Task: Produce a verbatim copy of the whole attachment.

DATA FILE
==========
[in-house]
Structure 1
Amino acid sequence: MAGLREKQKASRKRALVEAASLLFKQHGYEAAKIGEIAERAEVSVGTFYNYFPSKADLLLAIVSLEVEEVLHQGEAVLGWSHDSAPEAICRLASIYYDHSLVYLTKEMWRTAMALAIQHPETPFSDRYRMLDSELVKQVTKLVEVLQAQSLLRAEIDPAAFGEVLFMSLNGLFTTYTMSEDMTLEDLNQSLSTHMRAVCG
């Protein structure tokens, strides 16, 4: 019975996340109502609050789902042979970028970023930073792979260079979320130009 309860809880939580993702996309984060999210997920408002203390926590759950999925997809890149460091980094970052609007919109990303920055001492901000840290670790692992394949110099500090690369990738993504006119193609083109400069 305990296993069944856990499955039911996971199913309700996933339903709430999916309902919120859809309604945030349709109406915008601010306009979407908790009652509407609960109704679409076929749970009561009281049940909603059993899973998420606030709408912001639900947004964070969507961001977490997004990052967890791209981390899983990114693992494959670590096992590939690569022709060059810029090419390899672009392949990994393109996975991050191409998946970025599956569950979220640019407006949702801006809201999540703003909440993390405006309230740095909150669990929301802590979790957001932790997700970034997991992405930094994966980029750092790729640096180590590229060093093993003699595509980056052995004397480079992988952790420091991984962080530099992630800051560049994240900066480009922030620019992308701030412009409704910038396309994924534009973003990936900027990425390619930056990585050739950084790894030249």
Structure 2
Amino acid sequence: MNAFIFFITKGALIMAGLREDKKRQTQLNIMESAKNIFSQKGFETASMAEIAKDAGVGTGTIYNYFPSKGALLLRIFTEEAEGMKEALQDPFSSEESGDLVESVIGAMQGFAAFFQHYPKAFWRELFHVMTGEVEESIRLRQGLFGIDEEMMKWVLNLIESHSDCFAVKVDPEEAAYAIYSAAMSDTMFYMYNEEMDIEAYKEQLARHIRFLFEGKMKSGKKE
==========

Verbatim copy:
[in-house]
Structure 1
Amino acid sequence: MAGLREKQKASRKRALVEAASLLFKQHGYEAAKIGEIAERAEVSVGTFYNYFPSKADLLLAIVSLEVEEVLHQGEAVLGWSHDSAPEAICRLASIYYDHSLVYLTKEMWRTAMALAIQHPETPFSDRYRMLDSELVKQVTKLVEVLQAQSLLRAEIDPAAFGEVLFMSLNGLFTTYTMSEDMTLEDLNQSLSTHMRAVCG
């Protein structure tokens, strides 16, 4: 019975996340109502609050789902042979970028970023930073792979260079979320130009 309860809880939580993702996309984060999210997920408002203390926590759950999925997809890149460091980094970052609007919109990303920055001492901000840290670790692992394949110099500090690369990738993504006119193609083109400069 305990296993069944856990499955039911996971199913309700996933339903709430999916309902919120859809309604945030349709109406915008601010306009979407908790009652509407609960109704679409076929749970009561009281049940909603059993899973998420606030709408912001639900947004964070969507961001977490997004990052967890791209981390899983990114693992494959670590096992590939690569022709060059810029090419390899672009392949990994393109996975991050191409998946970025599956569950979220640019407006949702801006809201999540703003909440993390405006309230740095909150669990929301802590979790957001932790997700970034997991992405930094994966980029750092790729640096180590590229060093093993003699595509980056052995004397480079992988952790420091991984962080530099992630800051560049994240900066480009922030620019992308701030412009409704910038396309994924534009973003990936900027990425390619930056990585050739950084790894030249």
Structure 2
Amino acid sequence: MNAFIFFITKGALIMAGLREDKKRQTQLNIMESAKNIFSQKGFETASMAEIAKDAGVGTGTIYNYFPSKGALLLRIFTEEAEGMKEALQDPFSSEESGDLVESVIGAMQGFAAFFQHYPKAFWRELFHVMTGEVEESIRLRQGLFGIDEEMMKWVLNLIESHSDCFAVKVDPEEAAYAIYSAAMSDTMFYMYNEEMDIEAYKEQLARHIRFLFEGKMKSGKKE